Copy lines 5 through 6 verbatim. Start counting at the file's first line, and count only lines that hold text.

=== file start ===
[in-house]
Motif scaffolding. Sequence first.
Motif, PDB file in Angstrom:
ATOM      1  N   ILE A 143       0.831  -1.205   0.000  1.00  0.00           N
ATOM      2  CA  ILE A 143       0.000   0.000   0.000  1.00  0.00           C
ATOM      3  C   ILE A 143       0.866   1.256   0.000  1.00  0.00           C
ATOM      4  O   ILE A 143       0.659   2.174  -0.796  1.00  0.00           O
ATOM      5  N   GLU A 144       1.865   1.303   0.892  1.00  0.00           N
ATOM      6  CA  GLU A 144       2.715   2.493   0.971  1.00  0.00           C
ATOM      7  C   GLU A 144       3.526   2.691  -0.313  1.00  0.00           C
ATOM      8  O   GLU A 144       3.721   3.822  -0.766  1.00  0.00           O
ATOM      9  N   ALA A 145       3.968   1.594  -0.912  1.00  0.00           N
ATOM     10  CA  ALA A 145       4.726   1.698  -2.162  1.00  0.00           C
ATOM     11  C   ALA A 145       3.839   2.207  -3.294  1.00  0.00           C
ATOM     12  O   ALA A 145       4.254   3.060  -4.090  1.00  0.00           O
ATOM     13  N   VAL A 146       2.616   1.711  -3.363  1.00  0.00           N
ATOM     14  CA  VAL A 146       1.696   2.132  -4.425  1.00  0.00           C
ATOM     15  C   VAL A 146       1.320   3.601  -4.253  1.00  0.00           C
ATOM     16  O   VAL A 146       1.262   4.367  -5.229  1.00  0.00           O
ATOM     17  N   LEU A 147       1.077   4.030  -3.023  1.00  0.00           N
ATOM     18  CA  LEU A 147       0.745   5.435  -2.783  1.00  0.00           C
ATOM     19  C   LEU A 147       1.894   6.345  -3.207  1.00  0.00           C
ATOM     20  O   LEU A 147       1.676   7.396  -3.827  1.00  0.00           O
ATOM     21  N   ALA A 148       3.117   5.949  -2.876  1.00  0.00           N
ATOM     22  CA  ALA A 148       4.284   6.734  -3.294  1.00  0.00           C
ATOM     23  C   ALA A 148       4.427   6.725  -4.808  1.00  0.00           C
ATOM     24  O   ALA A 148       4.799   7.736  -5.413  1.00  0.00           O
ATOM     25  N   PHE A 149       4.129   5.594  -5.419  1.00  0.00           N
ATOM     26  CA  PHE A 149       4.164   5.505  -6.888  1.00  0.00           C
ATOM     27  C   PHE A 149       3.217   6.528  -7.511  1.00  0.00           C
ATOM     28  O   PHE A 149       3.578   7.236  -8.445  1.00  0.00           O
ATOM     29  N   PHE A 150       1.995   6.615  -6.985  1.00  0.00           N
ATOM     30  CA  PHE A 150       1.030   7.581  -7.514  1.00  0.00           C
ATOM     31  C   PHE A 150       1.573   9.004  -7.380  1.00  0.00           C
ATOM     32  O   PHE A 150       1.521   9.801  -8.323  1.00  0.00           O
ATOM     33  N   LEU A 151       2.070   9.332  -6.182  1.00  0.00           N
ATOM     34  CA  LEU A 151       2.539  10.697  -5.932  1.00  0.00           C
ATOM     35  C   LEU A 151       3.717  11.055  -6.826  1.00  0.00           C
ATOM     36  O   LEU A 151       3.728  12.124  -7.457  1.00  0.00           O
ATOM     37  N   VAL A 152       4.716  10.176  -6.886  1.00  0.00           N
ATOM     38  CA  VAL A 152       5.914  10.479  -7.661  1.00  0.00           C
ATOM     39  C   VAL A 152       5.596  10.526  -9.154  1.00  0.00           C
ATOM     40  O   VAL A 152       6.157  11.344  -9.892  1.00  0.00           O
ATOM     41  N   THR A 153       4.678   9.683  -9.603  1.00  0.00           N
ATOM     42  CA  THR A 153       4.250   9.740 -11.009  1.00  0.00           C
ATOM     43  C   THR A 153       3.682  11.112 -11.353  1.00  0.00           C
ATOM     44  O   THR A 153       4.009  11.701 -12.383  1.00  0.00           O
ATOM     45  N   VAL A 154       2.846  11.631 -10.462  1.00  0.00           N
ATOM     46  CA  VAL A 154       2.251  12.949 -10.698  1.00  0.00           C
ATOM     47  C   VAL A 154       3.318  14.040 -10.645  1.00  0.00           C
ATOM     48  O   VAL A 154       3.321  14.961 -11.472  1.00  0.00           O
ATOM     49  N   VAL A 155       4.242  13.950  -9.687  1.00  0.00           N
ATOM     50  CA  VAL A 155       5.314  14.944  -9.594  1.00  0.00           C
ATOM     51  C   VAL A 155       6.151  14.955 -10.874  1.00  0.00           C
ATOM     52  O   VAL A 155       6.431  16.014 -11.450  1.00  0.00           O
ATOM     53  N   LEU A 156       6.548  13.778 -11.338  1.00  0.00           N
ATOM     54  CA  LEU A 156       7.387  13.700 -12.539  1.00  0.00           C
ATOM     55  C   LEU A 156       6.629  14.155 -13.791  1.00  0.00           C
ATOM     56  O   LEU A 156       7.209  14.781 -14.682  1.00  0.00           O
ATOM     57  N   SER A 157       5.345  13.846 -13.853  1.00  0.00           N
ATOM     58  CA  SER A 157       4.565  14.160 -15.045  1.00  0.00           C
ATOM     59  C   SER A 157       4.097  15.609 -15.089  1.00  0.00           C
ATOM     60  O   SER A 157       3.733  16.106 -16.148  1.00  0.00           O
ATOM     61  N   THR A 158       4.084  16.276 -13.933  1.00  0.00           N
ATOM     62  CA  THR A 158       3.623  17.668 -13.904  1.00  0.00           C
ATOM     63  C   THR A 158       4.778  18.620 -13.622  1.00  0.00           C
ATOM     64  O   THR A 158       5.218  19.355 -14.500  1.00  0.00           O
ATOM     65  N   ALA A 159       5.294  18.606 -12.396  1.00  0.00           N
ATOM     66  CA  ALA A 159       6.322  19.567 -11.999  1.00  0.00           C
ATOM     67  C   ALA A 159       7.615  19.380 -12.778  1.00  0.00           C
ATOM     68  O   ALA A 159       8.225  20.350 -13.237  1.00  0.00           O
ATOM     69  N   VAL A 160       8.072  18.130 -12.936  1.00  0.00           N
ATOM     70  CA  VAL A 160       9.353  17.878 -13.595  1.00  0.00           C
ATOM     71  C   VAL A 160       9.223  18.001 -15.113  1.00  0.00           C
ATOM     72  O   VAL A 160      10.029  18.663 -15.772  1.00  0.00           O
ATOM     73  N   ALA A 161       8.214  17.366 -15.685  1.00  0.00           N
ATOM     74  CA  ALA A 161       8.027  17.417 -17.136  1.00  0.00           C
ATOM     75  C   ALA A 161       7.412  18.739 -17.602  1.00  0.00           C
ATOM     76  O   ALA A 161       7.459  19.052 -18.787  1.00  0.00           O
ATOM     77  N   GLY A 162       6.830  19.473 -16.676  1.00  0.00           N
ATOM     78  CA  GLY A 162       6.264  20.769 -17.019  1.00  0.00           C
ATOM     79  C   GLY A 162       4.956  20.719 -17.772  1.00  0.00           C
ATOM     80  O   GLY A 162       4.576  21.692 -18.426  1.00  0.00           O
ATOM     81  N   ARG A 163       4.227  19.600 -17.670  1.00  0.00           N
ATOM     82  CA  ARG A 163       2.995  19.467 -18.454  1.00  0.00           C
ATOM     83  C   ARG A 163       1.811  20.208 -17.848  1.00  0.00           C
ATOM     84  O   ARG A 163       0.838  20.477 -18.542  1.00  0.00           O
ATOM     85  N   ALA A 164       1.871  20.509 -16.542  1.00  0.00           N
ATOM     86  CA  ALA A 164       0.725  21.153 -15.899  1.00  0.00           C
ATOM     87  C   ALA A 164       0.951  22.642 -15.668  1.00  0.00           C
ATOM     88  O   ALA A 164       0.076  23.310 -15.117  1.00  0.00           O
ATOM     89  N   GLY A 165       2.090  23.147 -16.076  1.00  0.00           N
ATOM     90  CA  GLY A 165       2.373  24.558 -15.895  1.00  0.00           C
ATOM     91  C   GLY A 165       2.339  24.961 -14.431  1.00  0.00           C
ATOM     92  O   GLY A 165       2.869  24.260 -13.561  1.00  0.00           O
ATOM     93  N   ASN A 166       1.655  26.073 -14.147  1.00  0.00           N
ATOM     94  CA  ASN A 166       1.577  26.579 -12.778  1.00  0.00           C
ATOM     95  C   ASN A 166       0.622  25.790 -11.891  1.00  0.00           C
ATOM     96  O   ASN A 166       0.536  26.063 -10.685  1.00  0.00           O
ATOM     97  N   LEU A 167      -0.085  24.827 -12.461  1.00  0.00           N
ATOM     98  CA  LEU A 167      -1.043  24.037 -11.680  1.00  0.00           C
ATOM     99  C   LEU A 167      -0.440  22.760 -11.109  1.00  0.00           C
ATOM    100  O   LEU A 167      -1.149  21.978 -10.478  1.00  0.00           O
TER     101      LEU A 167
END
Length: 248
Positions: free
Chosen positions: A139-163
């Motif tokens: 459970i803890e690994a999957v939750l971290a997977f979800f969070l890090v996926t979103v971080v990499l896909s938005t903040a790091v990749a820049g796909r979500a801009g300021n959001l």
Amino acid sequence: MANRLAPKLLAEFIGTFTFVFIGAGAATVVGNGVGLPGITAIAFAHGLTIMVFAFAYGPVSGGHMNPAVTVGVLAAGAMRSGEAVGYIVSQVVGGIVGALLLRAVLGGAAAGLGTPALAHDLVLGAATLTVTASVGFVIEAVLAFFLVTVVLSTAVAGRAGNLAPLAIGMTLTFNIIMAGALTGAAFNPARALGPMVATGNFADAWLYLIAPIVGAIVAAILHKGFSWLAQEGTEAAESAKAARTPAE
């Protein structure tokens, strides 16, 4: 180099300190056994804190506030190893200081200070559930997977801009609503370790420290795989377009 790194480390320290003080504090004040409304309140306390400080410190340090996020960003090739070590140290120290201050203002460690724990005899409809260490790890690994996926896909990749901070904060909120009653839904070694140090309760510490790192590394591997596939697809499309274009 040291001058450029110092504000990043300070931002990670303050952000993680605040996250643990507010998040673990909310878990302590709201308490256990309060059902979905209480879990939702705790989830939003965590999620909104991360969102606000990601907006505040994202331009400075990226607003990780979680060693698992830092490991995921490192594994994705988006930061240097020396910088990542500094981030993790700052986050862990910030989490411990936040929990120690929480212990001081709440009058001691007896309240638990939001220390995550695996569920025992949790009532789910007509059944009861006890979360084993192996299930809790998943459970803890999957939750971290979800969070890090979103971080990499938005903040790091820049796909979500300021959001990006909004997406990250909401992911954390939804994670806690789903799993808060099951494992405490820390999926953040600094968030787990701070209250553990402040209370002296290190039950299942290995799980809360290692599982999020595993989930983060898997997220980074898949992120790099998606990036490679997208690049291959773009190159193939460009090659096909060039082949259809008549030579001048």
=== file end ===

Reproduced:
ATOM      2  CA  ILE A 143       0.000   0.000   0.000  1.00  0.00           C
ATOM      3  C   ILE A 143       0.866   1.256   0.000  1.00  0.00           C